And what happened to these brave Wells Fargo employees after they blew the whistle on what they were seeing? They were punished. Some were outright fired, others were accused to ethics violations themselves, and still others were fired and then rehired again for lower pay.

Meanwhile, the culture of greed at the company continued to fester.

According to one Wells Fargo employee who testified this week before the California Legislature, the pressure to boost sales was so great that he and his co-workers were actually denied bathroom breaks if they didn't meet expectations.

You really couldn't ask for a better example of how much damage Reaganomics has done to the business culture in this country.

There's nothing wrong with wanting to make money, but when President Ronald Reagan and his free-market cronies came to town in the 1980s, something changed in US corporate culture. Businesses were no longer just encouraged to make money -- they were encouraged to make as much money by any means possible, no matter what the cost.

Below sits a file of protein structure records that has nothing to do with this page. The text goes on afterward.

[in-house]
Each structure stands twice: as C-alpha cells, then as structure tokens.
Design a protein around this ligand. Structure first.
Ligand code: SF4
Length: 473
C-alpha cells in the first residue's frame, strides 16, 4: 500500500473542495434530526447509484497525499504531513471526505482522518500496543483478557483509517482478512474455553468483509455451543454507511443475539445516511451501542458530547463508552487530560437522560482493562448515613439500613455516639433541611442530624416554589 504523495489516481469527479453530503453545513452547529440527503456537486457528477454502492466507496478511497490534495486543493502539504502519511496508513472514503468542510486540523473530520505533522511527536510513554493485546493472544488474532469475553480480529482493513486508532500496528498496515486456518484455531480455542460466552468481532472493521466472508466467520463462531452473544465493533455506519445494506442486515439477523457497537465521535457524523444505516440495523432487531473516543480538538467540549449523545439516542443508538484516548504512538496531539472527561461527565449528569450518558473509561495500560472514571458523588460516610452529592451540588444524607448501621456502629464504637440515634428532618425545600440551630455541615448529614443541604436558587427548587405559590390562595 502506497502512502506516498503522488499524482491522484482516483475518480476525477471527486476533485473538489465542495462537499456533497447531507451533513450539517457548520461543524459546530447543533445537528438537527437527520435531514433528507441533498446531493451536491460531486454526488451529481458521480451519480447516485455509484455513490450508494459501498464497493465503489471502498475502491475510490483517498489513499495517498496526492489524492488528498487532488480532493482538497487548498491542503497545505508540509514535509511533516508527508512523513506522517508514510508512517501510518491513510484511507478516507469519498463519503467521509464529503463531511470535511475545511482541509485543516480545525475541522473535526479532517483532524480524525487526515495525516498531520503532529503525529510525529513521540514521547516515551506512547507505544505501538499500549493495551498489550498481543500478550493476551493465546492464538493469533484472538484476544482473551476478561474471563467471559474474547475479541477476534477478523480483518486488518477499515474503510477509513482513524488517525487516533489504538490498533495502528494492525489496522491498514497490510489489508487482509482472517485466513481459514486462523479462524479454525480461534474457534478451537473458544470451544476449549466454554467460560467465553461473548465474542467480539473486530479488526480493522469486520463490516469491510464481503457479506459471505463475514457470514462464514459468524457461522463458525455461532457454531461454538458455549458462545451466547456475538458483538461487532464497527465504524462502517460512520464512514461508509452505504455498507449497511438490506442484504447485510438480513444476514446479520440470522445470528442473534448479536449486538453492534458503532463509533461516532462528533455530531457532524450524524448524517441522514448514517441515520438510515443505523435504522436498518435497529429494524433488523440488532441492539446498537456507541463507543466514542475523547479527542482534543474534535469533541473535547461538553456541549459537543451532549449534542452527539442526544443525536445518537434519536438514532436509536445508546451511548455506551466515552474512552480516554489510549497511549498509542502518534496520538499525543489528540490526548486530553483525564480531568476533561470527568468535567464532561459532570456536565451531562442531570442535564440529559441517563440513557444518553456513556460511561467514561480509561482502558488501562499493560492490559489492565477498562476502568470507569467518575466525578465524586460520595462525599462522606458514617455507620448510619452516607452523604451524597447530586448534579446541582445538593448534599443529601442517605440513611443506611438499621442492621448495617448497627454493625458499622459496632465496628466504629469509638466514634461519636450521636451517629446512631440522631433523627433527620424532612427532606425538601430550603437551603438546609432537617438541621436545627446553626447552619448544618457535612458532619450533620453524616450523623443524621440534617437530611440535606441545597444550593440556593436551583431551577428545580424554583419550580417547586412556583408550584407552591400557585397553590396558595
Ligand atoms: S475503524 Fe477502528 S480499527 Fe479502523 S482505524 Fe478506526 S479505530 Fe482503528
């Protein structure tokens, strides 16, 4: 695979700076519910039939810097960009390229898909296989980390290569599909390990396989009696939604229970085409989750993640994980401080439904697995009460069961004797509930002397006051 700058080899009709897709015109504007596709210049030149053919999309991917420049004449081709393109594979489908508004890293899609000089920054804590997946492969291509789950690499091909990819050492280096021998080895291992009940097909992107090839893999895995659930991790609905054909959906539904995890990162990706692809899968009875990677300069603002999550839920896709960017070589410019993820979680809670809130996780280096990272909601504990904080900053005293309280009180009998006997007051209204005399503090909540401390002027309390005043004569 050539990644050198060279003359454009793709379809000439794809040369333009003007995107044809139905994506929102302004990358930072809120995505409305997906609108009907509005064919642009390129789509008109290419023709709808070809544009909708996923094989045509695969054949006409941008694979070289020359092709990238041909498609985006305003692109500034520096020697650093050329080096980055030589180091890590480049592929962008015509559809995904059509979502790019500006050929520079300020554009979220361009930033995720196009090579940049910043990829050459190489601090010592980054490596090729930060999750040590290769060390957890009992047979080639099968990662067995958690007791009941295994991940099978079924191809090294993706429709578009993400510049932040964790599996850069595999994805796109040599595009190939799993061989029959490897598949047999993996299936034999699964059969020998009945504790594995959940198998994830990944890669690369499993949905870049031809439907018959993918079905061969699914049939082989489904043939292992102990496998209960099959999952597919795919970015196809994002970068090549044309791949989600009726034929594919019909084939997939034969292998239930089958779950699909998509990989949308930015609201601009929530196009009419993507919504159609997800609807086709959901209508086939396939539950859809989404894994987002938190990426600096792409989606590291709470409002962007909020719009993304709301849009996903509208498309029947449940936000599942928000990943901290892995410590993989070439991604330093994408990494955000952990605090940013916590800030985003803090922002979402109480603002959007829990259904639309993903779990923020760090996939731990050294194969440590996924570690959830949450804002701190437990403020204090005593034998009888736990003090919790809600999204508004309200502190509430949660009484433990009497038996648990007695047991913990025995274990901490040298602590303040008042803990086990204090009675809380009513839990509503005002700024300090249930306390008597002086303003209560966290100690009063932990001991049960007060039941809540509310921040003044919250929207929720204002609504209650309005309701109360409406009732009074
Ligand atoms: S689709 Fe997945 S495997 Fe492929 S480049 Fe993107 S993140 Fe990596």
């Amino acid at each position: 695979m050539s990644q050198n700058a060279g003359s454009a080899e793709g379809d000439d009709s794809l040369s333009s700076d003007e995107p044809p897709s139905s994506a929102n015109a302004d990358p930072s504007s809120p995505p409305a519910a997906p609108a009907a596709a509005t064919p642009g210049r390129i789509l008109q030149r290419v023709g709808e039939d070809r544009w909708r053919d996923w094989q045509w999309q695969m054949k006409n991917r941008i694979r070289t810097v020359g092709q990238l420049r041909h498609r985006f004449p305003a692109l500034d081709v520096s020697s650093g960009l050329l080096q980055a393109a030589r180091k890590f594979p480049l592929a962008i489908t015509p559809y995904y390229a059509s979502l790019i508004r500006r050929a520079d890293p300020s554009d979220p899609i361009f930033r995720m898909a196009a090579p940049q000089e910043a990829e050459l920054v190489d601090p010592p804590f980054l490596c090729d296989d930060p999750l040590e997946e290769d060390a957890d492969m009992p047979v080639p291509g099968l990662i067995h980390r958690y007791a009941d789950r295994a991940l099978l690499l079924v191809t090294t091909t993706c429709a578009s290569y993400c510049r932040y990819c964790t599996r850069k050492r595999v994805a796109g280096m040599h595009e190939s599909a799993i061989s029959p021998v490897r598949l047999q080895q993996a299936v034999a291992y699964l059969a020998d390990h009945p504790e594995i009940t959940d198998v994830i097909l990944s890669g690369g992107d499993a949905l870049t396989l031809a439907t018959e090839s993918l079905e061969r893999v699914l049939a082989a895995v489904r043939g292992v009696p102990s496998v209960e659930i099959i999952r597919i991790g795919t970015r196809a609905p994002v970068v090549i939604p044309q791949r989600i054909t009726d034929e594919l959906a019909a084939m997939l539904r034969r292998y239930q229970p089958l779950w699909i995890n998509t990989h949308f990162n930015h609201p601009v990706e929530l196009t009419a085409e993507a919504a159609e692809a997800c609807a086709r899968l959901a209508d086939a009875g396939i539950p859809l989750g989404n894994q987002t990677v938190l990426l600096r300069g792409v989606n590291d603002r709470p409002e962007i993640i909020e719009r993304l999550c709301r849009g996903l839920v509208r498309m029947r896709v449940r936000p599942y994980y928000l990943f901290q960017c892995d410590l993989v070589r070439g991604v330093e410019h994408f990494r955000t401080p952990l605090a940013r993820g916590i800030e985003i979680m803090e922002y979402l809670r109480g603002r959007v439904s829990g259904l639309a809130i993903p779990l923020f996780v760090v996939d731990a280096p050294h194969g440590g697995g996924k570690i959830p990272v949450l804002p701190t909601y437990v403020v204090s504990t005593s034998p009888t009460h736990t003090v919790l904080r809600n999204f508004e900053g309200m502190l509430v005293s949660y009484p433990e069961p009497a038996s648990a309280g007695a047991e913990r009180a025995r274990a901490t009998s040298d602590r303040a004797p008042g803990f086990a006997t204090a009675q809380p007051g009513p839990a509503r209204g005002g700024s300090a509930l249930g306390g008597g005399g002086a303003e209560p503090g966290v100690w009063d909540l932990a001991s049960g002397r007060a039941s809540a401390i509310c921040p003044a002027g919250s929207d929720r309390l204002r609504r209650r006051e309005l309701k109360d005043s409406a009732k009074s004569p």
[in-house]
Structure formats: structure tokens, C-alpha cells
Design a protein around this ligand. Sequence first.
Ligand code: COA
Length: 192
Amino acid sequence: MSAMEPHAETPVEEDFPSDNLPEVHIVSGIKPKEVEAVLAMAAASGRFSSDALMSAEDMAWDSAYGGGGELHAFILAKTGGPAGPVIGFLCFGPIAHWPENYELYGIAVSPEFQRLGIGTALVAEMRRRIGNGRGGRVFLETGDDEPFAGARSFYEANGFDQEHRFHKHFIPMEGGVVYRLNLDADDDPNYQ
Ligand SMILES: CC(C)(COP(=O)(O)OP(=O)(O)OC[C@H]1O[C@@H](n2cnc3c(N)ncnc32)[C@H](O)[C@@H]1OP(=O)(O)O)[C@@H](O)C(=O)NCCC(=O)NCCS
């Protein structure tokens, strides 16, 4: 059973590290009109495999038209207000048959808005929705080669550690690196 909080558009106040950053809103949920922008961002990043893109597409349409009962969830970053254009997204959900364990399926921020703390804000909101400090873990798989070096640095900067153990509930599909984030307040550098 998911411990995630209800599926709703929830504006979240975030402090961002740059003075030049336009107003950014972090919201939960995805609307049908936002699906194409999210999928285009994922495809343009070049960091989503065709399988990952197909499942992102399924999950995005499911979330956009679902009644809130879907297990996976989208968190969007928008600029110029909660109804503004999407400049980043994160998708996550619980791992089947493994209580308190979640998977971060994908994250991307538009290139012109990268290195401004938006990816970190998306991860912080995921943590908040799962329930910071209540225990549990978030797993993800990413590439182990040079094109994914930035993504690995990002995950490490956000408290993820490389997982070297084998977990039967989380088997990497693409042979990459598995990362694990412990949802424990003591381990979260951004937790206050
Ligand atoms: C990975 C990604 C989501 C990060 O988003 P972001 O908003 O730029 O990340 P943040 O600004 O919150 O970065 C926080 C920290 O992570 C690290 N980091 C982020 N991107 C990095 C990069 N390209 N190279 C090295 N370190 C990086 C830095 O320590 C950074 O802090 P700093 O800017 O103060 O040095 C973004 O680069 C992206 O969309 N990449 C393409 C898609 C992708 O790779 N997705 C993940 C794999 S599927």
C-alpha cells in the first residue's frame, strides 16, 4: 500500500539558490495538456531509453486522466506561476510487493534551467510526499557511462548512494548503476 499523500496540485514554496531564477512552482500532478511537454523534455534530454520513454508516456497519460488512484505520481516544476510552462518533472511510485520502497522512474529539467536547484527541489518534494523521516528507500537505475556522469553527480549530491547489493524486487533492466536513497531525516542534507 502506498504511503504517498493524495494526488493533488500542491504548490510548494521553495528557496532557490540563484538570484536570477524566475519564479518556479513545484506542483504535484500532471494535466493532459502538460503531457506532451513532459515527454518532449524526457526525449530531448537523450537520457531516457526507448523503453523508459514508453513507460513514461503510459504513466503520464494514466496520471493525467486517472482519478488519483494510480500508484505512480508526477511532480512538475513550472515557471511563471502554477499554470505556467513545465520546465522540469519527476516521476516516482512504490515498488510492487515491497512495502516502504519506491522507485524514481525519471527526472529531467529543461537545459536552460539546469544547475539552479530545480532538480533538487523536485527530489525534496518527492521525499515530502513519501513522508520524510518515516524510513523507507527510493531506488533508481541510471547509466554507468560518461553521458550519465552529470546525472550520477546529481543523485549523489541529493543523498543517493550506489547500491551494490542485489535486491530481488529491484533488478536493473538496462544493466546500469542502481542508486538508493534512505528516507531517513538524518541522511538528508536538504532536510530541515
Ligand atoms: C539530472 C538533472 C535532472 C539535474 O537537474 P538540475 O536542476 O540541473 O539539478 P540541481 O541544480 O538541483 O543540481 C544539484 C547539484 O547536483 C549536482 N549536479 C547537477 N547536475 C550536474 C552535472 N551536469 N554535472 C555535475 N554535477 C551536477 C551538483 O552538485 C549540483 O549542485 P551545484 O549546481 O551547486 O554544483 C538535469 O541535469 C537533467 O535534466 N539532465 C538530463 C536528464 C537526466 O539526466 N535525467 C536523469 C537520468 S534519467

This new way of thinking was captured brilliantly in Oliver Stone's film Wall Street when Michael Douglas' character, Gordon Gekko, tells an audience of stockholders that "greed is good."

This point of view was shared by President Reagan, which is why he and the Republican Party did everything they could to reward greed in our economy.